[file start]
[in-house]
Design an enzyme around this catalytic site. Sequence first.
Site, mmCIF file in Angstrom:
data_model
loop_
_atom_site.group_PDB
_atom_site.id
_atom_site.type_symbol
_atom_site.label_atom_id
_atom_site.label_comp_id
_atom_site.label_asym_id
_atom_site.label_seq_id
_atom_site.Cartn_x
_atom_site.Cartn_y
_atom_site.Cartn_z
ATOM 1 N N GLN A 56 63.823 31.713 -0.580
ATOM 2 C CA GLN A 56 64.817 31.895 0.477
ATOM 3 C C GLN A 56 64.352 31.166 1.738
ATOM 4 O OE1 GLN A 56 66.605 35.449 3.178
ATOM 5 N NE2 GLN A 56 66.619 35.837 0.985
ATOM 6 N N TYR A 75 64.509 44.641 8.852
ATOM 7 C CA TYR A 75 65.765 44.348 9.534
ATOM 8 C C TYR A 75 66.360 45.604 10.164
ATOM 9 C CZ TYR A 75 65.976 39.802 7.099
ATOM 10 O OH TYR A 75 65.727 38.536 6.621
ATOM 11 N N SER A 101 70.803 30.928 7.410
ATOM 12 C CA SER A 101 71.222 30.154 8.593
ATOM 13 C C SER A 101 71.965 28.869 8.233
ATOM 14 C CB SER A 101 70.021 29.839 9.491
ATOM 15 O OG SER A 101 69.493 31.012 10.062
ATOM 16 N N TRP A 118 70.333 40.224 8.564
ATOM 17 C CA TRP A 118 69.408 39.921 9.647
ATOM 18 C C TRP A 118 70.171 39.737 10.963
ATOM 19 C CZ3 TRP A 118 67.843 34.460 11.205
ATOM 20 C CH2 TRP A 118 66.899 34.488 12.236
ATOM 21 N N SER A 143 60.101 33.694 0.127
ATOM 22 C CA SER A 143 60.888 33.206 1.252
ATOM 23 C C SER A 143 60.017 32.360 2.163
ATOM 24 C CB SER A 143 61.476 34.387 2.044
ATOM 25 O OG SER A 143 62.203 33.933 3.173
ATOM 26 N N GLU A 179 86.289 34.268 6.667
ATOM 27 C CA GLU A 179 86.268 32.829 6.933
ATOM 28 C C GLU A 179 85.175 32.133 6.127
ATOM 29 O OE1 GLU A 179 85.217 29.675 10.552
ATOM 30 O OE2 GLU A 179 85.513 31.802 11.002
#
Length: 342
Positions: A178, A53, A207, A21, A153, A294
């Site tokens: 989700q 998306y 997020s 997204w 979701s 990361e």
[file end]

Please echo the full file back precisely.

[in-house]
Design an enzyme around this catalytic site. Sequence first.
Site, mmCIF file in Angstrom:
data_model
loop_
_atom_site.group_PDB
_atom_site.id
_atom_site.type_symbol
_atom_site.label_atom_id
_atom_site.label_comp_id
_atom_site.label_asym_id
_atom_site.label_seq_id
_atom_site.Cartn_x
_atom_site.Cartn_y
_atom_site.Cartn_z
ATOM 1 N N GLN A 56 63.823 31.713 -0.580
ATOM 2 C CA GLN A 56 64.817 31.895 0.477
ATOM 3 C C GLN A 56 64.352 31.166 1.738
ATOM 4 O OE1 GLN A 56 66.605 35.449 3.178
ATOM 5 N NE2 GLN A 56 66.619 35.837 0.985
ATOM 6 N N TYR A 75 64.509 44.641 8.852
ATOM 7 C CA TYR A 75 65.765 44.348 9.534
ATOM 8 C C TYR A 75 66.360 45.604 10.164
ATOM 9 C CZ TYR A 75 65.976 39.802 7.099
ATOM 10 O OH TYR A 75 65.727 38.536 6.621
ATOM 11 N N SER A 101 70.803 30.928 7.410
ATOM 12 C CA SER A 101 71.222 30.154 8.593
ATOM 13 C C SER A 101 71.965 28.869 8.233
ATOM 14 C CB SER A 101 70.021 29.839 9.491
ATOM 15 O OG SER A 101 69.493 31.012 10.062
ATOM 16 N N TRP A 118 70.333 40.224 8.564
ATOM 17 C CA TRP A 118 69.408 39.921 9.647
ATOM 18 C C TRP A 118 70.171 39.737 10.963
ATOM 19 C CZ3 TRP A 118 67.843 34.460 11.205
ATOM 20 C CH2 TRP A 118 66.899 34.488 12.236
ATOM 21 N N SER A 143 60.101 33.694 0.127
ATOM 22 C CA SER A 143 60.888 33.206 1.252
ATOM 23 C C SER A 143 60.017 32.360 2.163
ATOM 24 C CB SER A 143 61.476 34.387 2.044
ATOM 25 O OG SER A 143 62.203 33.933 3.173
ATOM 26 N N GLU A 179 86.289 34.268 6.667
ATOM 27 C CA GLU A 179 86.268 32.829 6.933
ATOM 28 C C GLU A 179 85.175 32.133 6.127
ATOM 29 O OE1 GLU A 179 85.217 29.675 10.552
ATOM 30 O OE2 GLU A 179 85.513 31.802 11.002
#
Length: 342
Positions: A178, A53, A207, A21, A153, A294
């Site tokens: 989700q 998306y 997020s 997204w 979701s 990361e």